Yet, during those horrors, Schulhoff kept composing. He continued to write music after Nazis arrested him in 1941 and deported him to the Wülzburg concentration camp in Bavaria. He didn’t stop composing until his death there a year later.
Schulhoff is among many composers murdered during the Holocaust and now championed by arts organization Music of Remembrance (MOR). The 22-year-old Seattle group’s new concert, Art From Ashes, commemorates the 75th anniversary of the liberation of Auschwitz, the extermination camp where 1.6 million people were killed.
“There are people who already had established careers as composers and artists, so they just continued to do what they did best,” says Lexi Jason, of the Museum of Jewish Heritage in New York. “There were also people clandestinely making art either for themselves, or to bear witness to what they were seeing.”
MOR founder Mina Miller says creating music and art in the camps was a way to preserve one’s identity. “What Nazis wanted to do was make everyone anonymous,” she says. “Shave your head, give you a number, put you in a prison uniform, and you’re anonymous. But no one can take your soul or ideas. And that’s what this concert is about. We celebrate the creative spirit, the human spirit.”
Dedicated to performing music from and about the Holocaust, MOR gathers ensembles (sourced from local orchestras) to present concerts that mix old and recent compositions. Among the latter, the repertoire includes 30 works commissioned by the nonprofit and composed by the likes of Lori Laitman, an acclaimed creator of vocal music; Betty Olivero, a renowned Israeli composer; and Shinji Eshima, whose ballet “RAkU” was performed by Pacific Northwest Ballet in 2018.
The study of music created during the Holocaust has become vast and diverse in recent years, with some outstanding online resources (Music and the Holocaust; United States Holocaust Memorial Museum) that allow one to hear the era’s classical works, folk songs, Yiddish tunes, music from besieged Jewish ghettoes (e.g., Warsaw and Vilna), music of the resistance and so-called “degenerate” music — a label applied by Nazi officials to anything they didn’t like.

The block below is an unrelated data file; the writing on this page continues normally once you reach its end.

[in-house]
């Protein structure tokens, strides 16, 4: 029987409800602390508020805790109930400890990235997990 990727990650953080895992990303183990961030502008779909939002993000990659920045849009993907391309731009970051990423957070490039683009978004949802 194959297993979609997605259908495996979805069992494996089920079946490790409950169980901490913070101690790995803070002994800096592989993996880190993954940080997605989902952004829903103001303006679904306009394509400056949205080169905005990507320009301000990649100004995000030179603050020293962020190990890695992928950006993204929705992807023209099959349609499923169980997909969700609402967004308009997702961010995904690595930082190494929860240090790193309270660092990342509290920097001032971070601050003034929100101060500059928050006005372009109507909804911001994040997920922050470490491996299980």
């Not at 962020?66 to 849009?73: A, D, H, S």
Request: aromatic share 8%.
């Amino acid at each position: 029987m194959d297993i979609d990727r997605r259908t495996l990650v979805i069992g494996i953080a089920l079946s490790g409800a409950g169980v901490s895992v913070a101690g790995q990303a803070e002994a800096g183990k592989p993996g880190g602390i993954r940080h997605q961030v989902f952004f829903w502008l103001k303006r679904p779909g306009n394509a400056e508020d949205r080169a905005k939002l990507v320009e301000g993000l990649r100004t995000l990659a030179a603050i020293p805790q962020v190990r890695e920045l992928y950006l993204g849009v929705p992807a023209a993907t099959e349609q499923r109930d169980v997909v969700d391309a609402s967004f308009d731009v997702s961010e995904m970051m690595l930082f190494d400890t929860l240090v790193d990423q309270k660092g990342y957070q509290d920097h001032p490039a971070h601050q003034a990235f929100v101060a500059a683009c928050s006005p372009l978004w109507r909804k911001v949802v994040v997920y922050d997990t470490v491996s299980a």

In addition to Schulhoff’s String Quartet No. 2, Third Movement, selections on the Art From Ashes bill include the fantastic Overture for Small Orchestra, written in the Terezín camp (located in the Czech Republic) by Hans Krása, one of several important composers held there until he was sent to his death in Auschwitz.
There are also a pair of Yiddish songs from the besieged Vilna Ghetto (in Lithuania), and a piece by Dick Kattenburg, a prolific Dutch composer who hid from the Nazis with his family, but was captured and killed, at age 24, in Auschwitz.
Susan Gulkis Assadi, principal viola for the Seattle Symphony Orchestra, is among several Seattle Symphony virtuosi who will perform in Art From Ashes, including Walter Gray (cello), Mikhail Shmidt (first violin) and Natasha Bazhanov (second violin). MOR founder Miller, a pianist, will also perform.
Also taking the stage is a youth movement of sorts: Seattle Girls Choir, Northwest Boychoir and the University of Washington Chamber Orchestra (conducted by David Alexander Rahbee). Soloists include two recent MOR award winners: 18-year-old double bassist Sophie Denhard and 11-year-old violinist Zoe Lonsinger.
Opening the eyes of young people to the reality of the Holocaust is one of MOR’s objectives.
“The Holocaust is less significant to a lot of people now,” says Jason of the Museum of Jewish Heritage. Part of her work is bringing together aging Holocaust survivors to meet with school groups and others.
“Seventy-percent of millennials don’t know what Auschwitz was,” she says. “Many students don’t know much about the Holocaust.”
Such ignorance can only feed the rising incidence of anti-Semitism and Nazi sympathizers in the U.S. and abroad. But among the millions who died in or survived the camps were all types of creative people, not just composers. They used their muses to hold on to themselves, defy repression and capture their daily experiences with feverish urgency.
Viola player Assadi speaks to the importance of preserving such a creative legacy — as well as the one lost. “Playing the music of composers who perished in the Holocaust makes me reflect on how many lives were cut short, and how much more music we could have known,” she says.